Some women who joined the Islamic State (ISIS/ISIL) as fighters, recruiters, and brides are trying to recreate the fallen caliphate from inside prison camps in northern Syria, the Associated Press (AP) reported this week.
The females, who appear to miss the now fallen Islamic emirate that once controlled large swathes of Iraq and Syria, continue to express their loyalty as they beg to be allowed back into their home countries.
At northern Syria’s al-Hol and Roj camps, overseen by the U.S.-backed Kurdish forces who recently took back the last ISIS-held territory, AP spoke to four women who traveled to the Middle East to join the group and “are now among tens of thousands of IS family members, mostly women and children, crammed into squalid camps.”
The women say it was misguided religious faith, naivete, a search for something to believe in or youthful rebellion. Whatever it was, it led them to travel across the world to join the Islamic State group. Now after the fall of the last stronghold of the group’s “caliphate,” they say they regret it and want to come home.
Many in the camps remain die-hard supporters of IS. Women in general were often active participants in IS’s rule. Some joined women’s branches of the “Hisba,” the religious police who brutally enforced the group’s laws. Others helped recruit more foreigners. Freed Yazidi women have spoken of cruelties inflicted by female members of the group.
Within the fences of al-Hol camp, IS supporters have tried to recreate the caliphate as much as possible. Some women have re-formed the Hisba to keep camp residents in line, according to officers from the Kurdish-led Syrian Democratic Forces guarding the camp.
The news agency noted that women wearing the ISIS bride uniform — all-covering black robes and veils known as niqab — attempted to intimidate anyone who dared talk to journalists.
“Children threw stones at visitors, calling them ‘dogs’ and ‘infidels,” it added.
U.S. President Donald Trump has indicated he does not plan to bring American citizens who went to engage in jihad on behalf of ISIS in the Middle East or their families back to the continental United States. He is reportedly considering sending some to the nearly empty American military prison in Guantánamo Bay, Cuba, known as Gitmo.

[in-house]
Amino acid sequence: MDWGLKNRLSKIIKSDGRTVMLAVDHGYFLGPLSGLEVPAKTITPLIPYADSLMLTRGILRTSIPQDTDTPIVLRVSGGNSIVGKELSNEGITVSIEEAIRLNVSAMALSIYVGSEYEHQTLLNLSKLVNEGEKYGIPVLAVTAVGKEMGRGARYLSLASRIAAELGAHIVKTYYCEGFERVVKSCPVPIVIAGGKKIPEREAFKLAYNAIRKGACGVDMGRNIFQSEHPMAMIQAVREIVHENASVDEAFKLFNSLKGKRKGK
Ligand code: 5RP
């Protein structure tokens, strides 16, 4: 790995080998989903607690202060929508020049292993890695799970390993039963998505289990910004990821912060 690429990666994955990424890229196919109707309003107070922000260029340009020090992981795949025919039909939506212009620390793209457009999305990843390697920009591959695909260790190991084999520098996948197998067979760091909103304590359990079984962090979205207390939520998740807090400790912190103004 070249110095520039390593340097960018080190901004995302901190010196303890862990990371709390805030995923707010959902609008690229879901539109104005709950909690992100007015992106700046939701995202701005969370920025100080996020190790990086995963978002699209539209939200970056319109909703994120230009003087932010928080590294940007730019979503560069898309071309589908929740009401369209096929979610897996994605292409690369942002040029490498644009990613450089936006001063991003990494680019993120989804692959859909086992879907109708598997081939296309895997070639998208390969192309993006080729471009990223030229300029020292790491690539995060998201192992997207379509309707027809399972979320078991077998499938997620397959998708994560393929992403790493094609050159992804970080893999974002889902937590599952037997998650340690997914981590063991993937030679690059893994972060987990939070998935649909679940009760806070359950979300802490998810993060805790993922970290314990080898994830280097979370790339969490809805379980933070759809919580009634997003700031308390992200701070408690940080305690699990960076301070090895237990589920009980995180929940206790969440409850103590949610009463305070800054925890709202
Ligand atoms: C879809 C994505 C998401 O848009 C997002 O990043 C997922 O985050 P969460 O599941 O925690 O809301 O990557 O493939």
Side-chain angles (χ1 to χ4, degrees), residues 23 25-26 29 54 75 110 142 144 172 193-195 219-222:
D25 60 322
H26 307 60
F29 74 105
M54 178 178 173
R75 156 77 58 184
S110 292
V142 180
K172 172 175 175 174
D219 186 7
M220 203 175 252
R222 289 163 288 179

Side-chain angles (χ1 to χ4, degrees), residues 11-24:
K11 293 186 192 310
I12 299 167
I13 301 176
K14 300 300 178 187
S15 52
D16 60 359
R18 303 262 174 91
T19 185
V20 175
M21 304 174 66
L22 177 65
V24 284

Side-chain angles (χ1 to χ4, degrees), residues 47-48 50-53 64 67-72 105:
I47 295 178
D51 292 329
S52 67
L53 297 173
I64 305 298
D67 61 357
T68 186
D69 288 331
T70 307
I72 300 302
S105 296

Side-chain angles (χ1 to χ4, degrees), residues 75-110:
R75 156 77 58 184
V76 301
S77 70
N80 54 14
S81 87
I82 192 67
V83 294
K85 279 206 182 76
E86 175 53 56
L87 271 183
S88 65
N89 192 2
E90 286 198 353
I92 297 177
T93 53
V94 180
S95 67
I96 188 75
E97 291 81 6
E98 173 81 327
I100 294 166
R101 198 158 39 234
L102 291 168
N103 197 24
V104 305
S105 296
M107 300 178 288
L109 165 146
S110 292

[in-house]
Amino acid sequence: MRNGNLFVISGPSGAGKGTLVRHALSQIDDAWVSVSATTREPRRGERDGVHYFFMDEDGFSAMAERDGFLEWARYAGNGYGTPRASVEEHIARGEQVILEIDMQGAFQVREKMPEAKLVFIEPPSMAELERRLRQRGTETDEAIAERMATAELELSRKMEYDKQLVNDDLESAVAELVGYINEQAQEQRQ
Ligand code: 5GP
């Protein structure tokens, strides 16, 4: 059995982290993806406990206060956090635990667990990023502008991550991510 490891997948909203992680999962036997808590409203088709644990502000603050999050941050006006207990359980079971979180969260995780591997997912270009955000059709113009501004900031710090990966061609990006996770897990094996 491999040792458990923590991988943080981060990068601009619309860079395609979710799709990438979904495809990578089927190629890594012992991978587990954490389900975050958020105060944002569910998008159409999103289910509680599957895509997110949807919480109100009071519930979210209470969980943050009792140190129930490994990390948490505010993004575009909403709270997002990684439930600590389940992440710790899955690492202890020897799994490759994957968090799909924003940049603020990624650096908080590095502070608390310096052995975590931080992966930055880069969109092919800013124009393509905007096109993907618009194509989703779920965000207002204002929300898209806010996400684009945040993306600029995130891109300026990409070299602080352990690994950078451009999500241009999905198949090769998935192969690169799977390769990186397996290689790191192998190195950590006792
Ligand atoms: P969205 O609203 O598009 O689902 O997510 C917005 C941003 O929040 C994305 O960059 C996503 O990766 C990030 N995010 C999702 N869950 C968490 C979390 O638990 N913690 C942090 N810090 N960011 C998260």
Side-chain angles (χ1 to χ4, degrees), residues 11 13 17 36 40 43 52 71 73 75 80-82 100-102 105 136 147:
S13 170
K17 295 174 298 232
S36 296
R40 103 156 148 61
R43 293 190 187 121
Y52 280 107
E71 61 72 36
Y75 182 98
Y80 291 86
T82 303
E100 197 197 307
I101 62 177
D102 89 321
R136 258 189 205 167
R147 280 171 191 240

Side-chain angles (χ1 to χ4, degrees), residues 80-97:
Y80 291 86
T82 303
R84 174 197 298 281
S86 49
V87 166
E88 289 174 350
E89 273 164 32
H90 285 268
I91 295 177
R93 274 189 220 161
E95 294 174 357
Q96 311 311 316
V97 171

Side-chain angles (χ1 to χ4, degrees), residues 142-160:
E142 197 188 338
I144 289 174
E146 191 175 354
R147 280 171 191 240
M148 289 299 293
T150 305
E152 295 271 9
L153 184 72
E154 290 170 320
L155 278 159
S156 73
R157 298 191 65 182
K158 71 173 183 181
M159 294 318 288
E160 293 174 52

The four women who spoke to AP claim they were not active ISIS members, adding that their husbands were not fighters. However, the news outlet was unable to verify those claims independently.
To many, their expressions of regret likely ring hollow, self-serving or irrelevant. Traveling to the caliphate, the women joined a group whose horrific atrocities were well known, including sex enslavement of Yazidi women, mass killings of civilians and grotesque punishments of rule-breakers, ranging from lashings, public shootings and crucifixions, to beheadings and hurling from rooftops.
The U.S.-backed Kurdish-led Syrian Democratic Forces (SDF) complain that it is being forced to deal with ISIS prisoners after the demise of the caliphate.
While some are focusing on repatriating children, most countries have refused to take back adult ISIS-linked prisoners.
Referring to ISIS, a 31-year-old Belgian woman in the camp identified only as Samira told AP, “I hate them. They sold us a dream, but it was an open prison. They kill innocent people. All that they do, these things, it’s not from Islam.”
European leaders must realize “we are not all criminals, that we all have the right to a second chance. What we saw with Daesh [ISIS] was a lesson to us and allowed us to gain perspective on the extremists,” she added.
At the prison camps, AP reportedly met ISIS-linked detainees from South Africa, Germany, Canada, Turkey, Russia, India, Tunisia, and Trinidad and Tobago.